Recently someone asked me for my opinion about why we get bullying in burlesque. The obvious (and age old) answer is jealousy (natural, understandable and something we have to acknowledge- see previous post https://lifeisaburlesque.wordpress.com/2014/01/22/the-jelly-problem-what-do-with-jealousy/), but the other key things are people just feeling really worried and crap about themselves and their ability as a performer, feeling inadequate, feeling like you have snuck on stage and someone will eventually realise and scream “You! Get off the stage!! You are not a proper performer!”
Fraud syndrome, I call it (and yep, I have it).
I think burlesque is unique (except maybe for stand up comedy??) in that it allows people with no background in performing arts, no training and no skill to get on a stage in front of paying audiences and perhaps build a career out of this. And thank god for that cos if it didn’t I wouldn’t be doing what I am doing 7 years later, for I was one of the “No training no skill no background” new performers.
I remember vividly the first time I performed in a theatre (theatre lounge but still), the Royal Court in Liverpool, back in 2008. It was for Retrotease which pre-dated the Martini Lounge. As I sat in the dressing rooms, looking at the actual lights round the mirrors and listening to the stage sound being played to us through speakers, I could not believe I was there. And in part, that has never gone away. Perhaps for those of us who don’t have the theatrical background, we will always feel a bit like we have snuck in the back door and shouldn’t really be allowed. Perhaps trained people feel that too, I don’t know.
Anyway, there is a point to this, here it comes: if we have fraud syndrome we can be very sensitive about receiving anything but positive feedback. I know that it took me 4 years to work up the courage to seek out brutal, honest feedback from an experienced person. If anyone had given me that before that point, I think it would have knocked my already-fragile confidence to the point I would have given up. Because I felt I shouldn’t really be there.
So there is something to be said for the supportive nature of the “oh you were great” burlesque culture. It allows us to build our confidence in an area where usually we would not even get a look-in.
But all the support is not necessarily good either. With constructive and honest criticism, we can grow. An act that 2 or 3 people have advised you upon to WILL be better than one you create by yourself. Without this kind of feedback, we risk not giving ourselves the opportunity to develop and improve as performers.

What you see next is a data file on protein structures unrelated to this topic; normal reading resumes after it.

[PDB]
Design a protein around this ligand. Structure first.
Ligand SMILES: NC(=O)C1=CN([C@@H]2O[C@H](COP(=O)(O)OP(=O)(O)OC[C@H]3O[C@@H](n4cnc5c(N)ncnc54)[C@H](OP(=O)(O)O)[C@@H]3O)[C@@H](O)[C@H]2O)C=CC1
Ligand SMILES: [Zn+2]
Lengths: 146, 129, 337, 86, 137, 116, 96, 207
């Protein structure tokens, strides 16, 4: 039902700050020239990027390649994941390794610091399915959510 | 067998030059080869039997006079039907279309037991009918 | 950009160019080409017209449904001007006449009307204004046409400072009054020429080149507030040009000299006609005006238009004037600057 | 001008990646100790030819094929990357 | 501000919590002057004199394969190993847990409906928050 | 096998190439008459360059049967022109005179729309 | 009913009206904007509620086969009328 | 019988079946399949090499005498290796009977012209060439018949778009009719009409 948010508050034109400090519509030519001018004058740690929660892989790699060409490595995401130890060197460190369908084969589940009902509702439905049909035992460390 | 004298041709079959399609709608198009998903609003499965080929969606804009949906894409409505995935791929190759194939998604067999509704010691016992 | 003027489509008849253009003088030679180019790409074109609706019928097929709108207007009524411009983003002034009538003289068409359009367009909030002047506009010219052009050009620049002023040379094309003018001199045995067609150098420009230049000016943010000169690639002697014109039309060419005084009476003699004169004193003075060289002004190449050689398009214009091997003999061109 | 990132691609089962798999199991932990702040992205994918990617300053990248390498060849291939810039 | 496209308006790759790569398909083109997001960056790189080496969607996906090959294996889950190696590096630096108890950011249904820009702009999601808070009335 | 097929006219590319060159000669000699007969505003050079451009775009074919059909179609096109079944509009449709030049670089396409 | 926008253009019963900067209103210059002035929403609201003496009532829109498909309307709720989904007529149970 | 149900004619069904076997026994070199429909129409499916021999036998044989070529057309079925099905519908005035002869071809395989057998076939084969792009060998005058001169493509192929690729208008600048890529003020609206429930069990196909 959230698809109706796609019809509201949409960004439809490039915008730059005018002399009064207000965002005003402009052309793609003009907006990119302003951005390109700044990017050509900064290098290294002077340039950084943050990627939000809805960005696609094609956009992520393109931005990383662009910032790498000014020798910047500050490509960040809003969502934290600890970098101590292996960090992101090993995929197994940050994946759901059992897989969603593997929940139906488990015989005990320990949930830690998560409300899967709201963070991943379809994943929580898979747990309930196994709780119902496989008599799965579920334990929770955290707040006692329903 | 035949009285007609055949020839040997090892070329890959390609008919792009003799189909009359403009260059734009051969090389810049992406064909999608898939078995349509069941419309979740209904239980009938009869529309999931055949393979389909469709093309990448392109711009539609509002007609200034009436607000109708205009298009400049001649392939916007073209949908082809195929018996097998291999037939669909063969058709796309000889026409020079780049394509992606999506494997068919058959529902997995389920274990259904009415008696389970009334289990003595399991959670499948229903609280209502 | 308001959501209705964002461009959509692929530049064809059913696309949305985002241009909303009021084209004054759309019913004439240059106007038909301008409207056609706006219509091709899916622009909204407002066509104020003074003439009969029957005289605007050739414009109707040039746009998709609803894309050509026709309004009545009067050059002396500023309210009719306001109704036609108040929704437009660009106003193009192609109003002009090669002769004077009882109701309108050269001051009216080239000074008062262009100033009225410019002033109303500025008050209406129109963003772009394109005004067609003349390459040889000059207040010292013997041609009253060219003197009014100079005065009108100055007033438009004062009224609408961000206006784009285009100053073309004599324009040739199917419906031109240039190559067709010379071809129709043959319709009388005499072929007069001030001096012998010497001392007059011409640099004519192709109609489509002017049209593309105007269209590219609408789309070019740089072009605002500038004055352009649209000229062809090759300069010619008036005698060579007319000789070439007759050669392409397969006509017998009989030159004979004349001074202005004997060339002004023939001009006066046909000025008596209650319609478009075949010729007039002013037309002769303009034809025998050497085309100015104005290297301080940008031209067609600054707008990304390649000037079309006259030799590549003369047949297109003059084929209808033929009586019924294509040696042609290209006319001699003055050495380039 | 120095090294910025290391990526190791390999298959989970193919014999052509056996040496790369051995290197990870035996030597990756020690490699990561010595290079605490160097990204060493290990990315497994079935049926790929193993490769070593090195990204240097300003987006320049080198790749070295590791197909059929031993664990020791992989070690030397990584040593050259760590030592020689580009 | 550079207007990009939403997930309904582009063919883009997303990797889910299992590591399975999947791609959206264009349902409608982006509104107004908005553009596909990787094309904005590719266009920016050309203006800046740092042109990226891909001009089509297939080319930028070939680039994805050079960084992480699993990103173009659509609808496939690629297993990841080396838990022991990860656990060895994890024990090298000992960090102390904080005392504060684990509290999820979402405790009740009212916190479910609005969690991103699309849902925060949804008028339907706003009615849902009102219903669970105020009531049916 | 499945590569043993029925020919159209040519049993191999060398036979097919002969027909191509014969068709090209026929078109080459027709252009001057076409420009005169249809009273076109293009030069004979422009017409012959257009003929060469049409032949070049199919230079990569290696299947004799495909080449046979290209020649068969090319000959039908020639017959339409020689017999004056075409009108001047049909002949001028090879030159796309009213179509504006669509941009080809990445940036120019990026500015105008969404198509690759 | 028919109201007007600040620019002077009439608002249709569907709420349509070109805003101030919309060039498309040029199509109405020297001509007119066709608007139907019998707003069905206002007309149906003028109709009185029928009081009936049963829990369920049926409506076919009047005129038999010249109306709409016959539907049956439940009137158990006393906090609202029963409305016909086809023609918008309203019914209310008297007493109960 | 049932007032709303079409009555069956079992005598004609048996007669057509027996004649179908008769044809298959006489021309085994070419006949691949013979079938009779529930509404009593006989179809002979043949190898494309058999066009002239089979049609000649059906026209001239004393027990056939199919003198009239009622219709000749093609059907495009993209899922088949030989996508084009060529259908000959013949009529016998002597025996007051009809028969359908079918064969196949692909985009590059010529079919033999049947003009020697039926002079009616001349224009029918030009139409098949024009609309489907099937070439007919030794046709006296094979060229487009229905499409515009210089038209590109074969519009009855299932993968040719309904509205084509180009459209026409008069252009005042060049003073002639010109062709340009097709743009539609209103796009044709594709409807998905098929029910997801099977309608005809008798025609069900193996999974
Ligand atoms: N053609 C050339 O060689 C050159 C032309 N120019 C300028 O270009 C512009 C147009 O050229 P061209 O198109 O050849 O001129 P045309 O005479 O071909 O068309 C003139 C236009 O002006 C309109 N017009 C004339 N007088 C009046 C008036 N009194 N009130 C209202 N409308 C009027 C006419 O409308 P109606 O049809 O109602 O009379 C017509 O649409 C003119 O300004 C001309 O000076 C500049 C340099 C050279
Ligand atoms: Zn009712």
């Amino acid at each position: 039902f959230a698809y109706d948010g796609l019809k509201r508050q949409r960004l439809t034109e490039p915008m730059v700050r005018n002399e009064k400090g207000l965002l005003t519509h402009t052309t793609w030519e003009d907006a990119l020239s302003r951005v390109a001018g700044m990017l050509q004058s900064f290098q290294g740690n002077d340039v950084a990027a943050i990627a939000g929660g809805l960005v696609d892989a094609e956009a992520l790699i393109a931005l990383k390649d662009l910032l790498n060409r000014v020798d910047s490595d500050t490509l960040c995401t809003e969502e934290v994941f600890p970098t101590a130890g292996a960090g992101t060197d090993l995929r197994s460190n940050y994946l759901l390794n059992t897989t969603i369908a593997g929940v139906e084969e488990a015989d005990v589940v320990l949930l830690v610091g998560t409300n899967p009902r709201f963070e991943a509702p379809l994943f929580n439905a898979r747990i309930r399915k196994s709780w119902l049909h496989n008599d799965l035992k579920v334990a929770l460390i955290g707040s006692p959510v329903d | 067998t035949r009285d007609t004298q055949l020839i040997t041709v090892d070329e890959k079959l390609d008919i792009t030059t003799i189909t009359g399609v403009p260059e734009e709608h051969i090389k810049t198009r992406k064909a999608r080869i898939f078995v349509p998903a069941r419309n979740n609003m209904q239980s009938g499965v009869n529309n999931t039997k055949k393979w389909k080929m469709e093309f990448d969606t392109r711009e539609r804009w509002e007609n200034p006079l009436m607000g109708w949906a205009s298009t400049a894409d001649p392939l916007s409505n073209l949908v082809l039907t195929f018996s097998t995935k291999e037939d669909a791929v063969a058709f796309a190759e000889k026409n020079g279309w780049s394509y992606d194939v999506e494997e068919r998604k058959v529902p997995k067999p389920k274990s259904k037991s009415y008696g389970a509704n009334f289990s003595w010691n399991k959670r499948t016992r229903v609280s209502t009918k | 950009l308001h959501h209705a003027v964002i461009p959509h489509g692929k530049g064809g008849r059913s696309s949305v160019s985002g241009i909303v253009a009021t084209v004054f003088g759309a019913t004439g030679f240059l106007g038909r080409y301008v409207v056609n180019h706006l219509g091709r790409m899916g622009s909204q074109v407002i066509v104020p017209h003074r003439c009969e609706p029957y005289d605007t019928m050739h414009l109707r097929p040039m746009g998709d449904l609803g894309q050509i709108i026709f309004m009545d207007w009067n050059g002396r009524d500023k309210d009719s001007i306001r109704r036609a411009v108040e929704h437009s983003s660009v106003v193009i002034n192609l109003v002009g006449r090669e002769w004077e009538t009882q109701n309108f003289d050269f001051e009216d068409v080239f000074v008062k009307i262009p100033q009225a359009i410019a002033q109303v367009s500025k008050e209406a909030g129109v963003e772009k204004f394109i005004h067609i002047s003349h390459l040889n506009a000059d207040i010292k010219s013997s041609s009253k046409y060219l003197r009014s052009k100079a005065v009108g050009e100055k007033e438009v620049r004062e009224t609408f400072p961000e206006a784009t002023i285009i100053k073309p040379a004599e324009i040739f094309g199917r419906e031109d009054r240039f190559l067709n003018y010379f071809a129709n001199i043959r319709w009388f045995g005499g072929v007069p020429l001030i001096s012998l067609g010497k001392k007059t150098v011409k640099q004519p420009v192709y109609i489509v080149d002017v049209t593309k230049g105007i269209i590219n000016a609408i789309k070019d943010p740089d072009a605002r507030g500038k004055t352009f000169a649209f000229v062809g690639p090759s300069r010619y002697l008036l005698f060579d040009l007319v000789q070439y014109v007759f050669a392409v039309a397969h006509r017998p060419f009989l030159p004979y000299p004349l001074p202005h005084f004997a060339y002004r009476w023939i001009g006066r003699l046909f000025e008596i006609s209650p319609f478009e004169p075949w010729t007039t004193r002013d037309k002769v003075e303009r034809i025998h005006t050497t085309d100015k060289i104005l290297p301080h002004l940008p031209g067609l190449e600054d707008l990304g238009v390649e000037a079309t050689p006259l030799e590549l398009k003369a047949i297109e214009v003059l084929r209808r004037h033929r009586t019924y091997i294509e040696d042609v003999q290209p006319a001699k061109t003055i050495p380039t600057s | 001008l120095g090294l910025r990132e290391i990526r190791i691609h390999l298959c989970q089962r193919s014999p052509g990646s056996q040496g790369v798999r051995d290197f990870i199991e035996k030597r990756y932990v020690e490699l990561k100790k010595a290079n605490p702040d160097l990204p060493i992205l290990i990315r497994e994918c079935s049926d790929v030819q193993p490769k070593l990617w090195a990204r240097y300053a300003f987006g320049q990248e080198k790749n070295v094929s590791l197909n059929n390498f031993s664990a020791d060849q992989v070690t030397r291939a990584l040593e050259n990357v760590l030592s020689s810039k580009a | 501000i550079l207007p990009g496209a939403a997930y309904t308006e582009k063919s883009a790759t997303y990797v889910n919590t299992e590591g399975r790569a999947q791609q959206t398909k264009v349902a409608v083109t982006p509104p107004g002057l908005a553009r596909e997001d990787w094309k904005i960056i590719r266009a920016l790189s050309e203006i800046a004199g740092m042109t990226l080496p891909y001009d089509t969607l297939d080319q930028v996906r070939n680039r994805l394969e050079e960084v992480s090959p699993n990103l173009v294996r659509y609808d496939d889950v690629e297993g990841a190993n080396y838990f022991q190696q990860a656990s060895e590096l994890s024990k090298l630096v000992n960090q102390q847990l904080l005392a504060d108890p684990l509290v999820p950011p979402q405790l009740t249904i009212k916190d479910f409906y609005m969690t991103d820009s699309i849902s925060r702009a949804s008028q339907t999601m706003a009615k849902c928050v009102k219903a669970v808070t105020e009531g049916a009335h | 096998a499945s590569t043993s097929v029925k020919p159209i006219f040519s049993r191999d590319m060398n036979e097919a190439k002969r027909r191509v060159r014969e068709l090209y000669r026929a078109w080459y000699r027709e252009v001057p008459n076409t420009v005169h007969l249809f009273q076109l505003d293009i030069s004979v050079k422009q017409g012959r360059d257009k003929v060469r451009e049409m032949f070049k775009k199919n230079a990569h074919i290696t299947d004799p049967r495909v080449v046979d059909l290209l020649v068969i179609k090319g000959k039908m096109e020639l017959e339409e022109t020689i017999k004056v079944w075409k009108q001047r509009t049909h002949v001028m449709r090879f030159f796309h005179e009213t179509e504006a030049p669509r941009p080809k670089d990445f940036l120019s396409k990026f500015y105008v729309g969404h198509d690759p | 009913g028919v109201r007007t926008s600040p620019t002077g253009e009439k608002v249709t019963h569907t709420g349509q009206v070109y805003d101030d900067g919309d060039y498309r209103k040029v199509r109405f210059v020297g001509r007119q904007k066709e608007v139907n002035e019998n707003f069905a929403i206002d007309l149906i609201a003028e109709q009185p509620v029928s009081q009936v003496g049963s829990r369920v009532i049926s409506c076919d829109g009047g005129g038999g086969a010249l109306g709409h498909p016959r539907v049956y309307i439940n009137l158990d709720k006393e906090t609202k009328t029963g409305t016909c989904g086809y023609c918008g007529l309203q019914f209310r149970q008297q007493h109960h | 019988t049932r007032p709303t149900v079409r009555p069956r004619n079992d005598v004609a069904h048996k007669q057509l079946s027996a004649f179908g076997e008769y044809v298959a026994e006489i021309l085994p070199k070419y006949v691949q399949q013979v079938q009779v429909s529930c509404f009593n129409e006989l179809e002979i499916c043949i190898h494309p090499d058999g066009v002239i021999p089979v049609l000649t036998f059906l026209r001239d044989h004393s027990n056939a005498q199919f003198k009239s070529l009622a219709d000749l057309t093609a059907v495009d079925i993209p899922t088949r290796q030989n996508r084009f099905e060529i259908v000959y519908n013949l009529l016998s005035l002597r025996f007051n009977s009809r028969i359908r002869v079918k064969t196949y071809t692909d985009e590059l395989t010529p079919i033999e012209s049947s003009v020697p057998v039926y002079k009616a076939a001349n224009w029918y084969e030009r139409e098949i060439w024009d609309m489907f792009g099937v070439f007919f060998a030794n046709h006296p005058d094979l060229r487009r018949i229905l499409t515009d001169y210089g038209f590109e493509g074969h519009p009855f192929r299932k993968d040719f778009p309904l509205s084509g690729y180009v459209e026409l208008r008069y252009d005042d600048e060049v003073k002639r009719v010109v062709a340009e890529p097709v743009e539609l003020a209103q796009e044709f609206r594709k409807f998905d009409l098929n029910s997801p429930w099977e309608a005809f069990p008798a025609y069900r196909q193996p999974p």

(not sure I agree totally with this Bambi pic but you get the gist)
Why is it so hard to be honest with ourselves about the times we are shit? We are all shit sometimes. No one, hardly anyone anyway, is consistently brilliant. Fraud syndrome is key, I think. I also think that because our routines are created by us, our inspirations, creations, our babies, part of who we are, it all becomes extremely personal, difficult to be objective about. It is too easy to create a couple of good acts and think that means we are good all the time. Some acts work, some dont. Some acts draw on your strengths, some dont, etc.
If we got to a point where we weren’t afraid of constructive advice, but valued it and sought it out from the very beginning, we would be better all round, more honest and more realistic about our abilities, and we would feel more confident. No more fraud syndrome, no more defensiveness, nicer community. Maybe.
But how can we get there? How to combat that fraud feeling, without making burlesque less accessible to people without the performance training? Its probably a whole culture change- and not just for burlesque- we live in the “some people get everything without working for it/being good at anything” culture, thank you reality TV…
And we need to recognise the distinction between skilled, professional, amateur etc. Its confusing cos you may enjoy a small show in the back of a pub with new performers just as much as a big show with professionals. But its recognising that you can be entertaining without being skilled, and that there is a difference. Yes, we want to be entertained by burlesque shows, but once you get to professional level shows, you also expect to see people doing something you couldn’t, to see people who are clearly skilled. If you put that rip roaring fun newbie show from the local bar on an opera house stage, you would get complaints- from people who would probably enjoy it in the bar!
So I keep saying to people, don’t be afraid to be shit. It doesn’t mean you will always be shit and you should sack it all in, just work on it! Its advice that, I admit, I struggle to follow myself. I get really despondent when I feel I haven’t performed well.
And fight the fraud feeling. Never feel you don’t deserve to be there. Successful promoters aren’t stupid, although they do have their own preferences, they pick you cos they think they will at least break even with you on the bill, and the audience will enjoy your performance. And if you really think you got in on an epic show cos your mate runs it and chose to sacrifice the quality of their show and their own money and reputation just to give you a break *, well, start working harder on your act so next time they do you that favour, you can feel you belong there.
*We all know that people sometimes get booked for reasons other than or supplementary to their ability, but only to a point- see above point about money and reputation.
This blog was originally written a year ago and posted elsewhere, if it seems familiar!